#### About Chris Lele

For the last ten years, Chris has been helping students excel on the SAT and the GRE. In this time, he’s coached 5 students to a perfect SAT score. Some of his GRE students have raised their scores by nearly 400 points. He has taken many GMAT students from the doldrums of the 600s to the coveted land of the 700+. Rumor has it he does a secret happy dance when his students get a perfect score.
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SAT blog.

Chris, Can you please kindly post a video explanation answer on that and explain more thoroughly, I still didn’t get it? Thanks

Hi Shudda,

How’s this sound? Read some of the explanations below to see if they help. If that doesn’t work, click on explanation above. If that still doesn’t work, let me know which part of my explanation needs more elaboration, and I’d be happy to do just that

Although I couldn’t really get it, but still I’ll give it a go.

If we do some approximations on each side, we’ll be left with 16!^100 in column A and 4!^200 in column B.

Column A= 9!^100 * ((16*15*14*….*10)^100 – 1). Neglecting the 1 inside the brackets, column A ~ 16!^100.

Column B= 4!^200 – 3!^200 = 3!^200 * (4^200 – 1). Neglecting the 1 inside the brackets, column B~ 4!^200.

Now, comparing both columns, option A should be the answer (column A is greater than column B).

That definitely works–good job

On the right we can use (x-y)(x+y). And then take 3!^100 out of the braces, to get 3!^200(4^200 – 1). Since 1 is very small as compared to the other quantity, it can be ignored. So we get 3!^200(4^200), or 36^100(16^100)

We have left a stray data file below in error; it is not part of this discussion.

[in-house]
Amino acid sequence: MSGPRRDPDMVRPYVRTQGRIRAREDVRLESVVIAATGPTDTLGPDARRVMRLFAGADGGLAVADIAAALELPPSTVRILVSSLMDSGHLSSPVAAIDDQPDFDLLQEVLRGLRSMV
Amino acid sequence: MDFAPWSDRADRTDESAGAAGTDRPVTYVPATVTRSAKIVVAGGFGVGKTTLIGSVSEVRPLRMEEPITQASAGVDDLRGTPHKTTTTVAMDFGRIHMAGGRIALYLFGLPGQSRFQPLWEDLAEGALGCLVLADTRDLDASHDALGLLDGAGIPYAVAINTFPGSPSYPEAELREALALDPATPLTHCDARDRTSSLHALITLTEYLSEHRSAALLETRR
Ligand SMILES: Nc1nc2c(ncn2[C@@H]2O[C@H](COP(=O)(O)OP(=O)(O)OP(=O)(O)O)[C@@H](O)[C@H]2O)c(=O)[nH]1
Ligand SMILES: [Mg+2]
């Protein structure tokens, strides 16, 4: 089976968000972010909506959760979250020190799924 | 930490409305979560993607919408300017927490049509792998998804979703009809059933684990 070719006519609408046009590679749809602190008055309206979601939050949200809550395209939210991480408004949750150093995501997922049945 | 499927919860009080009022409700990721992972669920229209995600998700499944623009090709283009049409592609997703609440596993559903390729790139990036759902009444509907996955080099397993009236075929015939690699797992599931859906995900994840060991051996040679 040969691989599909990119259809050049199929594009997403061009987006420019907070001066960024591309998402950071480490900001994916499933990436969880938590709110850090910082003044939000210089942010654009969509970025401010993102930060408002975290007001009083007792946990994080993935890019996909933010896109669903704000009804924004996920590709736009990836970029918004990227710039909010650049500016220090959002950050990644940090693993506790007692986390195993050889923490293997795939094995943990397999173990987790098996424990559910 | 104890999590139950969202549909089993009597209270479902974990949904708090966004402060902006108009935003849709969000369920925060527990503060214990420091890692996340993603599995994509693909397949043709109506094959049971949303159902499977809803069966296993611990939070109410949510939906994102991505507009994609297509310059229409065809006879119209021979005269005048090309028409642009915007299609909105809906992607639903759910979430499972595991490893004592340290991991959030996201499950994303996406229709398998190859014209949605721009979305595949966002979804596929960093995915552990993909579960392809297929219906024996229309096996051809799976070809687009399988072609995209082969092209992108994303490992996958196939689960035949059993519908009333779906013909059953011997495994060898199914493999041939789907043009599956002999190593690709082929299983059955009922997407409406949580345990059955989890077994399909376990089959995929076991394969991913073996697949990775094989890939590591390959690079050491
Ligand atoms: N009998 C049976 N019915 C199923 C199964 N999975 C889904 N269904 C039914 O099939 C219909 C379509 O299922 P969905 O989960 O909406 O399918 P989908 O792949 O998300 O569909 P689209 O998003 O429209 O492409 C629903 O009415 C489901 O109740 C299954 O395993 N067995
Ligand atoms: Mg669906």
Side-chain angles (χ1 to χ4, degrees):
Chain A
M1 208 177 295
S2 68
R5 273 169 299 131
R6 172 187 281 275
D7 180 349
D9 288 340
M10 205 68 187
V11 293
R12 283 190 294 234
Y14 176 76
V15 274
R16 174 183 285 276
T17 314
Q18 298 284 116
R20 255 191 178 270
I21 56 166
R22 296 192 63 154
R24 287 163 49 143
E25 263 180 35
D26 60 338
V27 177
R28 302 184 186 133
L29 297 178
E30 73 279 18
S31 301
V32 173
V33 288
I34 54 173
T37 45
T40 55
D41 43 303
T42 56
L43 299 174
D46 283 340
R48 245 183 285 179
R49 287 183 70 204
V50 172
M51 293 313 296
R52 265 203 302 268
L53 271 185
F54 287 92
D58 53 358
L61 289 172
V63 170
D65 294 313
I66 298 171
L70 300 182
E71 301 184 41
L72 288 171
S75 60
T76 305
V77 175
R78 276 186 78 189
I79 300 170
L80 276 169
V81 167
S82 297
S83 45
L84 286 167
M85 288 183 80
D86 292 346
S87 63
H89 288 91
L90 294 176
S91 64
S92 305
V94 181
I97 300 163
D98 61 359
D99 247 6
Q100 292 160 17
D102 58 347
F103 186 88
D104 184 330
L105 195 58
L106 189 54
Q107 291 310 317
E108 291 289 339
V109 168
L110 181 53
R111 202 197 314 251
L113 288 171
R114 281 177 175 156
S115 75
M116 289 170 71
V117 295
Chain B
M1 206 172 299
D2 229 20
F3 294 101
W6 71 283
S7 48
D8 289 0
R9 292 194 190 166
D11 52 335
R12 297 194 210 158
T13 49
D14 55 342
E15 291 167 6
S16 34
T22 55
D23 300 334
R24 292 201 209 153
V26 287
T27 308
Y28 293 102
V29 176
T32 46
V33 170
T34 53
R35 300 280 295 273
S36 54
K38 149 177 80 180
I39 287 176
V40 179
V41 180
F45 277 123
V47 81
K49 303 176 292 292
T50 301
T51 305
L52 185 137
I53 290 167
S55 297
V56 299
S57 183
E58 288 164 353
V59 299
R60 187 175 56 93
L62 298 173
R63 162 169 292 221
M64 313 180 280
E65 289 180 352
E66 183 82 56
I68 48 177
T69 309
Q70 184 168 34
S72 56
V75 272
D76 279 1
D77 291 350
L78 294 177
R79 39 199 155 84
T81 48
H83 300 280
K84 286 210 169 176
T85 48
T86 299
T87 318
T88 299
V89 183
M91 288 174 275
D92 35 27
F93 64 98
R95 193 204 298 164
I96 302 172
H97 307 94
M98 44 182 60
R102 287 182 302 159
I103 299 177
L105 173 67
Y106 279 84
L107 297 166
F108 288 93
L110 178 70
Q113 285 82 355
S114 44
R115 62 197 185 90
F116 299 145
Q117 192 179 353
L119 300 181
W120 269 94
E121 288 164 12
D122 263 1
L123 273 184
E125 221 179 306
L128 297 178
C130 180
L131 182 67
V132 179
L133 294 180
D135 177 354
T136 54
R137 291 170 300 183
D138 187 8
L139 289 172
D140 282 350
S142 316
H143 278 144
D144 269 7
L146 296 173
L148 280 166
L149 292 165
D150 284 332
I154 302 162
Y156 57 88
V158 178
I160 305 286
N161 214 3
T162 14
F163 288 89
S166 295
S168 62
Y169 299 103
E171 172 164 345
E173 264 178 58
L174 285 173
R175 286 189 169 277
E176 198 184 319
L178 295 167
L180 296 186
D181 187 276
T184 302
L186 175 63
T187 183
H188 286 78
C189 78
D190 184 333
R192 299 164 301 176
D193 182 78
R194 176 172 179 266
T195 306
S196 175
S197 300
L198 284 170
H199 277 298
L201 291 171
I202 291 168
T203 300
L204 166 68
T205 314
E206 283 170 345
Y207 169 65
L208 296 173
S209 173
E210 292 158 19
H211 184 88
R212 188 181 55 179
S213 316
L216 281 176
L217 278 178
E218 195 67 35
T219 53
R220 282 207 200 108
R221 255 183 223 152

On the left side take the 9! Term common and we get 9!^100(16*15*14*13*12*11*10)^100.

Cancel the common terms on each side and you be left with 1 on the right side and a pretty huge factorial term on the left.

So, in my opinion, it should be A.

Hi Anshg,

There are many paths to the correct solution–you’ve provided one I’ve yet to see

This may be a poor strategy, but I just mimicked the problem to a simpler form,that is,

4!^2 – 1!^2 and 2!^4 – 1!^4 and found the first column to be considerably larger.

Hi Sriram,

I like the simplicity of your solution. It brings out the fact that 2x! is massively bigger than x!, so you can just discount the other stuff. Good job

Column A simplified to (9!)^100*((16*15*14*….*10)^100 -1)) and column B simplified to 36^100*((16^100)-1). From this it is clear that Column A is greater, so A should be the answer.

Yep, that’s a good way to do it :). Another student also got it using that method.

As we know that,

16! > (4!)^2,

Similarly 9! > (3!)^2

Hence, (16!)^100 > ((4!)^2)^100

So Column A { 16!^100 – 9!^100 } > Column B { ((4!)^2)^100 – ((3!)^2)^100 }

Notice the use of identity in Column B to simplify the expression, which is ,

(a-b)*(a+b) = (a^2 – b^2)

Good quick way to get the answer

Not a correct way to solve. You are basis your assumption on the analogy,

10 > 5

9 > 1

hence, (10-9) > (5-1)

So just a heads up you might get it right here, but that is not the right way to approach.

Yeah, I picked up on that as well–he didn’t explicitly spell out that the difference between 16! – 9!, but I’m thinking he was aware of that. At least it seemed so :).

So thanks for pointing that out, since it might lead others astray

(16*15*……*6*5)^100*(4^100) – (9*8*…*5*4)^100*(3!^100) ? (24^100)*(4!^100) – (6^100)*(3!^100)

Clearly LHS > RHS

Hence A is answer

That’s an interesting solution! Thanks for sharing